The Emperor Trajan is usually seen holding a crooked staff in his hand, this is the lituus (derived from lito, to obtain good auguries in the sacrifice), a divining rod. The emperor had supreme authority, in his character of Pontifex Maximus, to interpret the auguries. With this instrument the old aruspices, who divined from the flight of birds, used to mark off an imaginary division of the heavens, which had to be watched perhaps for twenty-four hours. The Etruscans, however, were the most renowned aruspices, and introduced the entispicia, a most favourite and mystic system, by which all sorts of accidental convolutions of the entrails of victims were consulted. The liver was an important organ: if the right lobe was wanting, if it shrunk in boiling, if some of the veins were very large, these were bad signs. Fissures or indentations in the examined parts were of various interpretations. Credence is said to have been given to superstitions of this astonishing kind, even since the renaissance in the sixteenth century. The old Romans pushed their superstitions on auguries to an incredible extent. Not only entrails of victims, but prodigies, were eagerly consulted, and all were taken into careful consideration by the senate, and by rulers as exact and orthodox as Trajan. Besides eclipses and other phenomena of the sun and moon, unusual rainbows, shooting stars, abortive births of man or beast were significant of good or evil. "There were showers of stones, earth, chalk, and ashes, idols shed tears or sweated blood, oxen spoke, men were changed into women, cocks into hens,"74 and other prodigies too numerous to mention, and all Rome waited for the interpretation of these wonders. It will be readily understood that on a long and difficult expedition, accidents, surprises, unusual phenomena in the sky, or the earth, or in the water, were sure to occur, and that to satisfy his own mind and the superstitious fears of his troops, a wise commander, such as Trajan, carefully made good his ground by the use of the resources at the command of the state religion.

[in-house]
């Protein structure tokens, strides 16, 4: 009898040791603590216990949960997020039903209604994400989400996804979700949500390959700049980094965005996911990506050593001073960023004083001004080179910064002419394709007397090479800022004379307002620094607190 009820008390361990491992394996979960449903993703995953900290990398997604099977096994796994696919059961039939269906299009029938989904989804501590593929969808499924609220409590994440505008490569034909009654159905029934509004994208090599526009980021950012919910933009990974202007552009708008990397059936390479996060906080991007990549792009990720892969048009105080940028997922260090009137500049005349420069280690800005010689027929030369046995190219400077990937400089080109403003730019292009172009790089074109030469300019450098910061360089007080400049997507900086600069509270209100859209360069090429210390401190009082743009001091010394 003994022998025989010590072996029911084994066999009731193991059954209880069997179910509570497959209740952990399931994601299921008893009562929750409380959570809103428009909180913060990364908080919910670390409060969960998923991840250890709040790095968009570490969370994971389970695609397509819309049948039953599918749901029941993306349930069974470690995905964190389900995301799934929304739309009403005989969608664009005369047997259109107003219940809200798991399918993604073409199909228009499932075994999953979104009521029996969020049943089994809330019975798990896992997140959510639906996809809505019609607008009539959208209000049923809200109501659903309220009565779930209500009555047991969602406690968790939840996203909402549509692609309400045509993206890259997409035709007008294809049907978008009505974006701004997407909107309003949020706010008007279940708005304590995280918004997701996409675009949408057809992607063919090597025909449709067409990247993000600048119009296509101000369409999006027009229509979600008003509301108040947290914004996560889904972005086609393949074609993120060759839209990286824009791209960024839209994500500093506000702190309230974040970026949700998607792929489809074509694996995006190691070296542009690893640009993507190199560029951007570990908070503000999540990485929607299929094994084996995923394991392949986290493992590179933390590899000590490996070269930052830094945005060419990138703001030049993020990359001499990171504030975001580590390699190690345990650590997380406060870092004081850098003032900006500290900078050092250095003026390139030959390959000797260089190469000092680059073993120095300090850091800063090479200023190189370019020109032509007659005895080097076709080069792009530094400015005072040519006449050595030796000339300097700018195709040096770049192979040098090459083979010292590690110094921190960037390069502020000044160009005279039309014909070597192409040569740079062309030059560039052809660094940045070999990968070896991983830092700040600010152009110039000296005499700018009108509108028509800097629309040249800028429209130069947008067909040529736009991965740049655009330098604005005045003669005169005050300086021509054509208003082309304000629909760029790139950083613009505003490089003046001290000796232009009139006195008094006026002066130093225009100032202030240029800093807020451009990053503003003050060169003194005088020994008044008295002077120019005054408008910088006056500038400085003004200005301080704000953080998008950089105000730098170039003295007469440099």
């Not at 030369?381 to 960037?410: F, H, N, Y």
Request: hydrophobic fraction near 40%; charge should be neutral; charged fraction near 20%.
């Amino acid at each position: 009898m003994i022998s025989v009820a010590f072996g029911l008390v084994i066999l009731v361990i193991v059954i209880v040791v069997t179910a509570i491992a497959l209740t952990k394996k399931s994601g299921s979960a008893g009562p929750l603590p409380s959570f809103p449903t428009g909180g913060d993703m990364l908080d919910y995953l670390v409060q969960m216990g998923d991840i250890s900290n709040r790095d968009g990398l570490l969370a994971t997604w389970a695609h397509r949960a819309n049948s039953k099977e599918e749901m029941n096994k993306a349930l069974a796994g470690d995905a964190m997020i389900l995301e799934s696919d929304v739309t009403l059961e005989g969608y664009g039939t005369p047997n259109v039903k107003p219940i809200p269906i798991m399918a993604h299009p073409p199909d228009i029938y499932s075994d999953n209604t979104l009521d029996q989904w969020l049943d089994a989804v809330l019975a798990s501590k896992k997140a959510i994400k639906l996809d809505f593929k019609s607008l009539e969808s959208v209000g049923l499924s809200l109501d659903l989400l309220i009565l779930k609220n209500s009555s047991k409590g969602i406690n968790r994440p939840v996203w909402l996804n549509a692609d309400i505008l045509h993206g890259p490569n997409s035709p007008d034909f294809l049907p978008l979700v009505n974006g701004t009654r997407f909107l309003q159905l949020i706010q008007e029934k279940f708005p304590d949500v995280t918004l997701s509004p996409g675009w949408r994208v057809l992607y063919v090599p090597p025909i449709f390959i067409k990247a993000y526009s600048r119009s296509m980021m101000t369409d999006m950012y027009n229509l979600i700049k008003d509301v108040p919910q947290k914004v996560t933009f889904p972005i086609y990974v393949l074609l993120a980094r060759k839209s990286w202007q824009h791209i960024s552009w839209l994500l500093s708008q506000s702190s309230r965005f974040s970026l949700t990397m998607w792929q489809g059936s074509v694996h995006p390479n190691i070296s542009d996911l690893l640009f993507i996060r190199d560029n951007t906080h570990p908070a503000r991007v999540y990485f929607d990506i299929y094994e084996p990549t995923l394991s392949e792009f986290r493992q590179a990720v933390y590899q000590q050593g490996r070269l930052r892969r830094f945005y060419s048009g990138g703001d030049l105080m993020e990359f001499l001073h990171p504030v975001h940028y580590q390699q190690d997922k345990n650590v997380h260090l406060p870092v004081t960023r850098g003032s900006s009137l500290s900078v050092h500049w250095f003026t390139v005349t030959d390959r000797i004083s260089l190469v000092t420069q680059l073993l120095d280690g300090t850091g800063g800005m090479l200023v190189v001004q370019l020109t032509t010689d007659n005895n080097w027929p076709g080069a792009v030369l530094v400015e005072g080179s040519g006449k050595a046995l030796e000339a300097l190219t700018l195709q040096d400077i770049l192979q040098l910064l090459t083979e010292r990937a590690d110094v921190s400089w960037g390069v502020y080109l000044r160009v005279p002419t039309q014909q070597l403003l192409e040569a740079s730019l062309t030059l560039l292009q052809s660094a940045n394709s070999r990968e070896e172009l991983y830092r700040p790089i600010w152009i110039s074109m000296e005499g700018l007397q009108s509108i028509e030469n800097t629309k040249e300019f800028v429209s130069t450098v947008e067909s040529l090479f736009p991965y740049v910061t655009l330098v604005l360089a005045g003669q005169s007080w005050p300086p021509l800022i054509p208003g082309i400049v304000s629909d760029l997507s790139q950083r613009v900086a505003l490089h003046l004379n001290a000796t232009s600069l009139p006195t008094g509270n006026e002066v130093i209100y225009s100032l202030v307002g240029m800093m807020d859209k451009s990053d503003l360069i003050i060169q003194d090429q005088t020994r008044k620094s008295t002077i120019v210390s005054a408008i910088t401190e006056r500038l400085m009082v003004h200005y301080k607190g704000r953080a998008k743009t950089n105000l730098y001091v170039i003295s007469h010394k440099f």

The Author's Notes:

63 Döllinger, Jew and Gentile, B. VII.

64 Döllinger, Jew and Gentile, VII. 1.

65 Ep. X.73, 74.º

66 De Re R. 1141.

67 Plin. H. N. VIII.70.

68 Juvenal, X.66.

69 See a bas-relief in the British Museum representing the sacrifice of a bull with the head in this position after being brought to its knees by a blow.

70 Döllinger, ib.

71 H. N. 28.

72 Non est meum si mugiat Africis malus procellis, ad miseras preces decurrere et votis pacisci, &c. — Hor. Od. III.29.59.

73 Dion. Cass. LXVII.15.

74 Döllinger, VII.

Thayer's Note:

a You don't have to believe this if I don't; and indeed I don't, since 100 sacrifices would have in themselves taken all day and prevented Caesar from ever having gone anywhere, even to get assassinated.